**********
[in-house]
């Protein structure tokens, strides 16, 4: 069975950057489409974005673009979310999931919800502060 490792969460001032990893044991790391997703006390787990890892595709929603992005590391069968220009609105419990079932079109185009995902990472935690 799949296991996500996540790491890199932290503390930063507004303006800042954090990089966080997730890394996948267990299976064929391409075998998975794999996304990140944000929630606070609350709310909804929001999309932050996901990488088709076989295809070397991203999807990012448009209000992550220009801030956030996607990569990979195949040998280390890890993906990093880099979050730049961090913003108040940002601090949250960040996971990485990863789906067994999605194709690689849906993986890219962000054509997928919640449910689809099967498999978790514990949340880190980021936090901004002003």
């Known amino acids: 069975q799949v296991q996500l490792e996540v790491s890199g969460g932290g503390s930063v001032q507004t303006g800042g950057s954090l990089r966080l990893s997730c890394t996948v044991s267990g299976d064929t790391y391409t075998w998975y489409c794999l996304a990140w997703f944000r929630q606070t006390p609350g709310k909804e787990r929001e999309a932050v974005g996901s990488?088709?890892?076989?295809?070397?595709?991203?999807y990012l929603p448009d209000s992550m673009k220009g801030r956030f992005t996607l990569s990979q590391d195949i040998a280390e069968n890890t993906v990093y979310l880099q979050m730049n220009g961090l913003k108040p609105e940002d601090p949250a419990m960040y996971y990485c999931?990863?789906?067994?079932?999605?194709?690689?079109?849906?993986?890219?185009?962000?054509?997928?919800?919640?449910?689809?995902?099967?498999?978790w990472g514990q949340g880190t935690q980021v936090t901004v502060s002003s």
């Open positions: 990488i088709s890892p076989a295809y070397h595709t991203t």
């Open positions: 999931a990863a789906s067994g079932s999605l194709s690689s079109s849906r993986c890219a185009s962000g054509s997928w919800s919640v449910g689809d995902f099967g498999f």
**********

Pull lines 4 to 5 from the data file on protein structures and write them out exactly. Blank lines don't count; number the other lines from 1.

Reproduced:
């Open positions: 990488i088709s890892p076989a295809y070397h595709t991203t």
């Open positions: 999931a990863a789906s067994g079932s999605l194709s690689s079109s849906r993986c890219a185009s962000g054509s997928w919800s919640v449910g689809d995902f099967g498999f």